Cleft Lip and Palate

A cleft is an unusual opening through the lip and into the roof of the mouth.

It is the most common facial difference babies are born with.

In Australia, clefts are usually surgically repaired in the first 12 months of life. Even though they are repaired early, clefts can still have long-term effects.

About clefts

Clefts occur when parts of the face do not join early in pregnancy.

Clefts can develop in one or both sides of the face and be big or small.

Around 30% of babies are born with clefts that are part of known genetic conditions, like 22q11 deletion syndrome. These clefts are called syndromic clefts.

The other 70% are non-syndromic. These clefts may be caused by things such as genes and environment. We are still researching this area.

The effects of a cleft

Clefts affect people differently at varying stages of life, depending on the type and extent of their cleft.


Babies with clefts might have difficulty sucking and swallowing. Children or adults may sometimes have food or liquid come through their nose when they eat and drink.


People born with a cleft might also have trouble hearing, particularly while in the preschool and early school years.

Teeth and jaw

Clefts may also be linked with dental defects like crowded or rotated teeth. Top and bottom teeth may also not align correctly when the jaw is closed.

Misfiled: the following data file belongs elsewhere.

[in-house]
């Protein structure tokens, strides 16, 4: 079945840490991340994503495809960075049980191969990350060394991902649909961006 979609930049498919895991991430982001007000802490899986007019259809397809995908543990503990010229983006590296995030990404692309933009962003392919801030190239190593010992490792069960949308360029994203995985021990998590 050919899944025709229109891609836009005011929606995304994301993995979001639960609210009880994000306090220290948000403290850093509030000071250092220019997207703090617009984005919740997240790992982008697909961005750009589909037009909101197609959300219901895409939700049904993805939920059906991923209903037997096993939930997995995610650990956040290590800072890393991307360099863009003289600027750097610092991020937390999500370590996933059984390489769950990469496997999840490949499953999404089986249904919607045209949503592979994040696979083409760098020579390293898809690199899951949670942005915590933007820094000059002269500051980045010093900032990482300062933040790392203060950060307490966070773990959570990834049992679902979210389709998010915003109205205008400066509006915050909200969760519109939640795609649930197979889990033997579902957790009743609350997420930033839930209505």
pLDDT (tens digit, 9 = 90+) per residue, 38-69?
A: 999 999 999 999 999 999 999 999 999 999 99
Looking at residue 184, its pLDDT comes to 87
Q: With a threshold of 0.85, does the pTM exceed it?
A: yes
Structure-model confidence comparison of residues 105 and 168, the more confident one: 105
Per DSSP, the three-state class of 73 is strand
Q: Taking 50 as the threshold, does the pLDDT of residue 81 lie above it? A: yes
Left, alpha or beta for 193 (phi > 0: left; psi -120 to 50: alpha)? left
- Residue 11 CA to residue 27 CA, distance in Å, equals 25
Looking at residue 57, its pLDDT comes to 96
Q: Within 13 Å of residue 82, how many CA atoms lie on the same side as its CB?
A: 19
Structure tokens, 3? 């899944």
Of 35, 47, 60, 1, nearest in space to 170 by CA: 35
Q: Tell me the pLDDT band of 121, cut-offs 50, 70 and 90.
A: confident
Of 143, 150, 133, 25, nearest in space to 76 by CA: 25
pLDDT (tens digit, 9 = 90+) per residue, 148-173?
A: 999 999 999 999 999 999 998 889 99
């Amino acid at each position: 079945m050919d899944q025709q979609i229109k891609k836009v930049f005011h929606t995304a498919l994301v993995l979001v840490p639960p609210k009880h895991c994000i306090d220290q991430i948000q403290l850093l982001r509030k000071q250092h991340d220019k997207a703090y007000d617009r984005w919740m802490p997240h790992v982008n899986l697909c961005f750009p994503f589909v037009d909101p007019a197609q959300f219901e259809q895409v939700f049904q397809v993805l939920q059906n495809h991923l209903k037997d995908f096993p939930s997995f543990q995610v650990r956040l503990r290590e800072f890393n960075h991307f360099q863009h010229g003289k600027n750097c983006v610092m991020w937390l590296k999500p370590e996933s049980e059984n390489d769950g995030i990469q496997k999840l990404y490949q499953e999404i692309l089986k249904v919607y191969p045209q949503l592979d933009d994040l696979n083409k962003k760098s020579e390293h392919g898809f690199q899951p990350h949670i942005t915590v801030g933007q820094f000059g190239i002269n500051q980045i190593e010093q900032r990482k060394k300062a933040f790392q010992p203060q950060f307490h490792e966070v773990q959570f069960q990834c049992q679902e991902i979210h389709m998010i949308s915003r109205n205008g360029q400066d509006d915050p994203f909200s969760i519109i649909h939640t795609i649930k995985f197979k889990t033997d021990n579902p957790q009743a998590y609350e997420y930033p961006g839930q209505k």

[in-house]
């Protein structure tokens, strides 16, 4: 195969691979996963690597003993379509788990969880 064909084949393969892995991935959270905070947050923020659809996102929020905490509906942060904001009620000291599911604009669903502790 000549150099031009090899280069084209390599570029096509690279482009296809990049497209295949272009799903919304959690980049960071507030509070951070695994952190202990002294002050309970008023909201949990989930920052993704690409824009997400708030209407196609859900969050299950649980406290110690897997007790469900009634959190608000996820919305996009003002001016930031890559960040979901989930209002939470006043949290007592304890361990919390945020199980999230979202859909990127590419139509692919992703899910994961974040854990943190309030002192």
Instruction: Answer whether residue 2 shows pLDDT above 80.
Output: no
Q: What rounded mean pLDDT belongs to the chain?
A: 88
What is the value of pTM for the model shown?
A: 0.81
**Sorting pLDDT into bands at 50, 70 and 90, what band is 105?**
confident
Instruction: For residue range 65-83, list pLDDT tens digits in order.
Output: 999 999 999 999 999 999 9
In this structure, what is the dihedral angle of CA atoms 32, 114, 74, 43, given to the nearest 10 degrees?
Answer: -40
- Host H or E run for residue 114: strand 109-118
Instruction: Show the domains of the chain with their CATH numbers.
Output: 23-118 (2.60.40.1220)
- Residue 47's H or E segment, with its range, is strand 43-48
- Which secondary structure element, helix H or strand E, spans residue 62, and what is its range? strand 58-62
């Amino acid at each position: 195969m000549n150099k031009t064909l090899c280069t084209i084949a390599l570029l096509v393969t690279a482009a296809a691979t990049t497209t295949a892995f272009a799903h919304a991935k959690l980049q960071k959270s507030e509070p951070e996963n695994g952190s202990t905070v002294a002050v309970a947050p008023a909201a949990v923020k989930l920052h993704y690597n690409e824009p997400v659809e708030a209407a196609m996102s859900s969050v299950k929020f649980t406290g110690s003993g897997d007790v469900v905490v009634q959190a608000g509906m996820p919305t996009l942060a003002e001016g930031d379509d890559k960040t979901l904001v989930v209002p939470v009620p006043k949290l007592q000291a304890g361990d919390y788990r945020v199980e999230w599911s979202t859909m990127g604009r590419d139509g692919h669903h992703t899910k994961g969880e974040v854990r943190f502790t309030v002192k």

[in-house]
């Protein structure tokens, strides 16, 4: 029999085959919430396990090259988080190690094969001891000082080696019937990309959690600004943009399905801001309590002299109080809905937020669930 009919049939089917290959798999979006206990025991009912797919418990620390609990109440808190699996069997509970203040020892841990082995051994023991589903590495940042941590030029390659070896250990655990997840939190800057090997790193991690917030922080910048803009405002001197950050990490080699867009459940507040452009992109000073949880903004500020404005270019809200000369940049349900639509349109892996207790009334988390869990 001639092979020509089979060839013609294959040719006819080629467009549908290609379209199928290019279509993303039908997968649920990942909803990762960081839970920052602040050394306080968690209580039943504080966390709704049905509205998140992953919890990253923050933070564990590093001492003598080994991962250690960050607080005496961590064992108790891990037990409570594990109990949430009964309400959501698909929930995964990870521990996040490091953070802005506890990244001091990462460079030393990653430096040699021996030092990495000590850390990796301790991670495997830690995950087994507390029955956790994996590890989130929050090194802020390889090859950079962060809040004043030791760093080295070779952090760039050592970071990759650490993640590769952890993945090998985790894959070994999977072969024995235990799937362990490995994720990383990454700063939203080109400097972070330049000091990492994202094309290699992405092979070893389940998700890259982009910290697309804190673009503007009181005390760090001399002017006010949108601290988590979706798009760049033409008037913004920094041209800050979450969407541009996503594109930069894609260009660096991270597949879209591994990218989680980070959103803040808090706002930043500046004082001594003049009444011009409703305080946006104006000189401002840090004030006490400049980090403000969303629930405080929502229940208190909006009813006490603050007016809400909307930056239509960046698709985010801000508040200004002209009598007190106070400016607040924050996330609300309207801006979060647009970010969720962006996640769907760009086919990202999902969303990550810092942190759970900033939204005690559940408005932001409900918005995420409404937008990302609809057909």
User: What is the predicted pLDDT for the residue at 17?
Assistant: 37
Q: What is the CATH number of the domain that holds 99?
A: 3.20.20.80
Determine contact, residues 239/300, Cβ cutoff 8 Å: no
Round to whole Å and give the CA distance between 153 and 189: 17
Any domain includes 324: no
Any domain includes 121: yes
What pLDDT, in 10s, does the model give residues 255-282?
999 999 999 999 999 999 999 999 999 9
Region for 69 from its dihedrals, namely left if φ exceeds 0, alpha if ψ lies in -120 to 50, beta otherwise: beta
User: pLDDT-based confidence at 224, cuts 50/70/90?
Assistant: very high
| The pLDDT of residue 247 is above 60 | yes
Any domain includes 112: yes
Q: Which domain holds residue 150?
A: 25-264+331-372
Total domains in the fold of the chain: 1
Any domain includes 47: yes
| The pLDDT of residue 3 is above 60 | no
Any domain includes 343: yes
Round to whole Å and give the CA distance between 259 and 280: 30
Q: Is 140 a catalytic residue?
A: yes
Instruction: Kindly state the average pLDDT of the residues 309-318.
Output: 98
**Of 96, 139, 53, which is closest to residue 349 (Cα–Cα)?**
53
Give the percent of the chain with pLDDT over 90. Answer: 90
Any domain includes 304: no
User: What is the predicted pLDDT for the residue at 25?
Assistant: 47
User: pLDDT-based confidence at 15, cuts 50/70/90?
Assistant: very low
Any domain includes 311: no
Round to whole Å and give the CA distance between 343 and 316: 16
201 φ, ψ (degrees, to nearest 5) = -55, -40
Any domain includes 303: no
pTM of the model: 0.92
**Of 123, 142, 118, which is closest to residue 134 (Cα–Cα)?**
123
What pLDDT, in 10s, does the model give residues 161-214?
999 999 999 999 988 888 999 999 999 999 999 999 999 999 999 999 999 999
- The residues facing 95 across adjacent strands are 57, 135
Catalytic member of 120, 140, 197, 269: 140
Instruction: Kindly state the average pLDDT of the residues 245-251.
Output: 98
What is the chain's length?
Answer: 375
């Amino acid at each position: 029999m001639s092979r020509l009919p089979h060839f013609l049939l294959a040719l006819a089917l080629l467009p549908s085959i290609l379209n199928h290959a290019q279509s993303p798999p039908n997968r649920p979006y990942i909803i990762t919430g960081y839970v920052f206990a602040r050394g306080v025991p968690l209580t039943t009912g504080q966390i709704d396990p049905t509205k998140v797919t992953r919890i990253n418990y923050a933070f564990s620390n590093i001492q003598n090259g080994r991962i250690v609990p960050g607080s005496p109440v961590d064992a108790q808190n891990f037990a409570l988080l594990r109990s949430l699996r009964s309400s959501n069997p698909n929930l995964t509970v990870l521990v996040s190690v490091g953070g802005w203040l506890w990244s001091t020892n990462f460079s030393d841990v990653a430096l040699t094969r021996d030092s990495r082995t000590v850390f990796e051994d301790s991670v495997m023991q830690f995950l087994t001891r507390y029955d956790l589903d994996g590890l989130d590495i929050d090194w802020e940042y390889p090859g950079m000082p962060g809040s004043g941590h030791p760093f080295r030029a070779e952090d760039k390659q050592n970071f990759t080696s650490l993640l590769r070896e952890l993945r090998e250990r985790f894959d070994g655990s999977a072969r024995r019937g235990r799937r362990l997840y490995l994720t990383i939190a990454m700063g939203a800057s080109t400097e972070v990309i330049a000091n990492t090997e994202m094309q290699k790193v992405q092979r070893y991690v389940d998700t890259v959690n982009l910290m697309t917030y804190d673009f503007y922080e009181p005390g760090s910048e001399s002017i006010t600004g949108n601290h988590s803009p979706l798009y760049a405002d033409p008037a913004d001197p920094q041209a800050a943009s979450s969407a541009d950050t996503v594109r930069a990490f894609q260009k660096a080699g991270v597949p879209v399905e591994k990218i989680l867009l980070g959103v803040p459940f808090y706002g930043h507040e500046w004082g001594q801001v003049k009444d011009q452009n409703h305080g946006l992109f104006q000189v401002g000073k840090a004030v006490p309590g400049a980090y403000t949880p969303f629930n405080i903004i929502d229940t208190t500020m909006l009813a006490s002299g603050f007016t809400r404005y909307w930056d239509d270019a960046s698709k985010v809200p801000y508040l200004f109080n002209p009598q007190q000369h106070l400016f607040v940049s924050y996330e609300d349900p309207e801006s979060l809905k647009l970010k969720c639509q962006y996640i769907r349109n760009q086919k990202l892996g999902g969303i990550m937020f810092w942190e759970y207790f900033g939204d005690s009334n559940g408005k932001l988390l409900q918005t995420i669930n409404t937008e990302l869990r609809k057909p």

Facial difference

Even after repair, a cleft can affect the appearance of a person’s face and nose.

Communication and learning

Most commonly, a cleft can affect speech clarity, making it difficult to speak clearly and be understood in conversations. This can pose challenges in social situations. Sometimes, children may also have difficulties with language, reading, spelling and learning at school.

Social difficulties

People with clefts can also experience behavioural and social difficulties such as anxiety. This can affect relationships, learning and daily activities like public speaking.

Syndromic clefts

People born with syndromic clefts might also have additional needs according to their specific condition.

Where to get support

The three common places people with clefts go to get support are:

  • in hospital – most surgical procedures, early feeding, hearing and speech management are done in hospital settings. People with clefts usually have regular appointments with health professionals from birth through to early adulthood
  • in a community setting – in some areas, children with clefts can access community services like speech pathology. Eligibility varies from state to state
  • in a private setting – families can also access most of the above services privately.

You can also get help from national and state-specific support groups, such as CleftPALS.

How speech pathologists help

Speech pathologists help people with feeding, speech, language and literacy challenges.

They will work with you depending on your needs at different times.

People with clefts may work with different speech pathologists at different times.

In hospital settings, speech pathologists help with early feeding and cleft-related speech difficulties.

In community and private settings, they can usually provide more regular and long-term support in the above areas.

Find out more

Some ways to find out more include: